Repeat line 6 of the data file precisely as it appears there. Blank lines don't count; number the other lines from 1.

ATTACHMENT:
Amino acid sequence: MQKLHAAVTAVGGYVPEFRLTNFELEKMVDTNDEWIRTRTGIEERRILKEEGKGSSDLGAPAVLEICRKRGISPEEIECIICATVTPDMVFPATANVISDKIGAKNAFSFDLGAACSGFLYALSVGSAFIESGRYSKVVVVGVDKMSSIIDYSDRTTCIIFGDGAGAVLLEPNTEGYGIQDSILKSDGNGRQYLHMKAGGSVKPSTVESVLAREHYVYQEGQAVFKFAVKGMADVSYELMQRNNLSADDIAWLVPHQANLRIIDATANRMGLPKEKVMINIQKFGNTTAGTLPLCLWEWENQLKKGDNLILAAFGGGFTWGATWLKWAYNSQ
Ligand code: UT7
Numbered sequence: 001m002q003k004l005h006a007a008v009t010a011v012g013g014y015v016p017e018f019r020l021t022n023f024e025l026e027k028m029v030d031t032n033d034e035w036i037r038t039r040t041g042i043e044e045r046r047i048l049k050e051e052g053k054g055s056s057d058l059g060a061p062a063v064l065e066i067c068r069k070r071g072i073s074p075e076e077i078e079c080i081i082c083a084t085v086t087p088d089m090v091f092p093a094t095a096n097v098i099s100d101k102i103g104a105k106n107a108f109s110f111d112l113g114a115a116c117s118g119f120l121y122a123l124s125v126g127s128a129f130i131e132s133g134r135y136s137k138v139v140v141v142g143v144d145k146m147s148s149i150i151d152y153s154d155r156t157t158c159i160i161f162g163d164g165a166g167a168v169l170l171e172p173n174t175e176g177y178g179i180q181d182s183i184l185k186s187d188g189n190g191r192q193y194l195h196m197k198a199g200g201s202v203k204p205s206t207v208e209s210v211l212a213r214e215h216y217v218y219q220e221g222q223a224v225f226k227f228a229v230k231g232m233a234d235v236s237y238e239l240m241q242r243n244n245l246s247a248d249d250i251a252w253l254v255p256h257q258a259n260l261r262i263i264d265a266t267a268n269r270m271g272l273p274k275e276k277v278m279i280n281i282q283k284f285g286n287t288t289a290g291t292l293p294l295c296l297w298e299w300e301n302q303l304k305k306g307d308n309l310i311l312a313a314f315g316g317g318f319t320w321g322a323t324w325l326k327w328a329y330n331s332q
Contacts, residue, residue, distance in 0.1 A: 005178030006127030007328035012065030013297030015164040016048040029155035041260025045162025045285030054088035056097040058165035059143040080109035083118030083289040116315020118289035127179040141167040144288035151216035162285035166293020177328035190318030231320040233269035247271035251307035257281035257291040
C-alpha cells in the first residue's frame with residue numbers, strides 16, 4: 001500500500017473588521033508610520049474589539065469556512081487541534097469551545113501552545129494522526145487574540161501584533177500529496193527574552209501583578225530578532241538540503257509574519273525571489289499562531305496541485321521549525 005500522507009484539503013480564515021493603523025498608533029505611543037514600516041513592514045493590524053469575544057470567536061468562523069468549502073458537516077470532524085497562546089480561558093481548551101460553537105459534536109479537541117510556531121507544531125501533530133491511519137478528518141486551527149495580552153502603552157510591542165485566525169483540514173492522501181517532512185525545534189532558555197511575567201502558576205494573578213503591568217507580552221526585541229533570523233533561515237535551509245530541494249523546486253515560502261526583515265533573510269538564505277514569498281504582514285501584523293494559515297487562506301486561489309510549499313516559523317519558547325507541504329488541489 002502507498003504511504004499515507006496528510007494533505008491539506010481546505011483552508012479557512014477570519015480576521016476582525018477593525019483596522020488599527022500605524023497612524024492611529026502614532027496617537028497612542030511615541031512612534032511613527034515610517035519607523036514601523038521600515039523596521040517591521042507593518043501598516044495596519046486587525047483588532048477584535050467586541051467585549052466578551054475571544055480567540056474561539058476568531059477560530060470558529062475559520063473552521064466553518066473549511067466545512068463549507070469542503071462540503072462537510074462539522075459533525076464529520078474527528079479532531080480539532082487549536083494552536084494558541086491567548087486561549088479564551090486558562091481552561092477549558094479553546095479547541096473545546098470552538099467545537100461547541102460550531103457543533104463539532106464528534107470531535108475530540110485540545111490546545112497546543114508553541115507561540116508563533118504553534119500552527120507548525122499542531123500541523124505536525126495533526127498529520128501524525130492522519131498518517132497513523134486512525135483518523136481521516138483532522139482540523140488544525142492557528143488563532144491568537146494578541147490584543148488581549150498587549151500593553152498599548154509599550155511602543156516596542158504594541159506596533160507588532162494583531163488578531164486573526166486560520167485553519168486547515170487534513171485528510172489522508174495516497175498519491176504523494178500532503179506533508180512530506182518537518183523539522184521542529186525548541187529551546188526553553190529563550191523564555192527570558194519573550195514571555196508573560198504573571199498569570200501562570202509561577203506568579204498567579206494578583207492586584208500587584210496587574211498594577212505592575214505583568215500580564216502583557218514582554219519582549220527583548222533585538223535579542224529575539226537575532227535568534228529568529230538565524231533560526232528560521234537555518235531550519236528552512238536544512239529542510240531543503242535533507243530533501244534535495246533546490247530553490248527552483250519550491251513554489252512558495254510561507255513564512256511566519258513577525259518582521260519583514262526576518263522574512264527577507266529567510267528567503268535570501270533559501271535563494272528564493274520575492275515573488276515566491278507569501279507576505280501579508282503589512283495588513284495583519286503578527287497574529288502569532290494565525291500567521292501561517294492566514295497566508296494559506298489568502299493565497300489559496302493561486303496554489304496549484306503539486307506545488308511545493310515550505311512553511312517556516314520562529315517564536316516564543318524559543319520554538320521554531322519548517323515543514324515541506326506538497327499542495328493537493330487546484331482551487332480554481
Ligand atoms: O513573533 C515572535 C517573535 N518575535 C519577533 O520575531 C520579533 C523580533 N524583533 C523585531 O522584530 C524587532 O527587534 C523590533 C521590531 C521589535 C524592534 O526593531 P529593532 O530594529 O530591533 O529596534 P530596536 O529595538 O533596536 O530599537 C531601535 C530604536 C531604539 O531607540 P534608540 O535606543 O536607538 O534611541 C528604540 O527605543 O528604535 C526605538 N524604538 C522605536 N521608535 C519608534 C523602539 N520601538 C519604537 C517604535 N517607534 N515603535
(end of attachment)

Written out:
Ligand atoms: O513573533 C515572535 C517573535 N518575535 C519577533 O520575531 C520579533 C523580533 N524583533 C523585531 O522584530 C524587532 O527587534 C523590533 C521590531 C521589535 C524592534 O526593531 P529593532 O530594529 O530591533 O529596534 P530596536 O529595538 O533596536 O530599537 C531601535 C530604536 C531604539 O531607540 P534608540 O535606543 O536607538 O534611541 C528604540 O527605543 O528604535 C526605538 N524604538 C522605536 N521608535 C519608534 C523602539 N520601538 C519604537 C517604535 N517607534 N515603535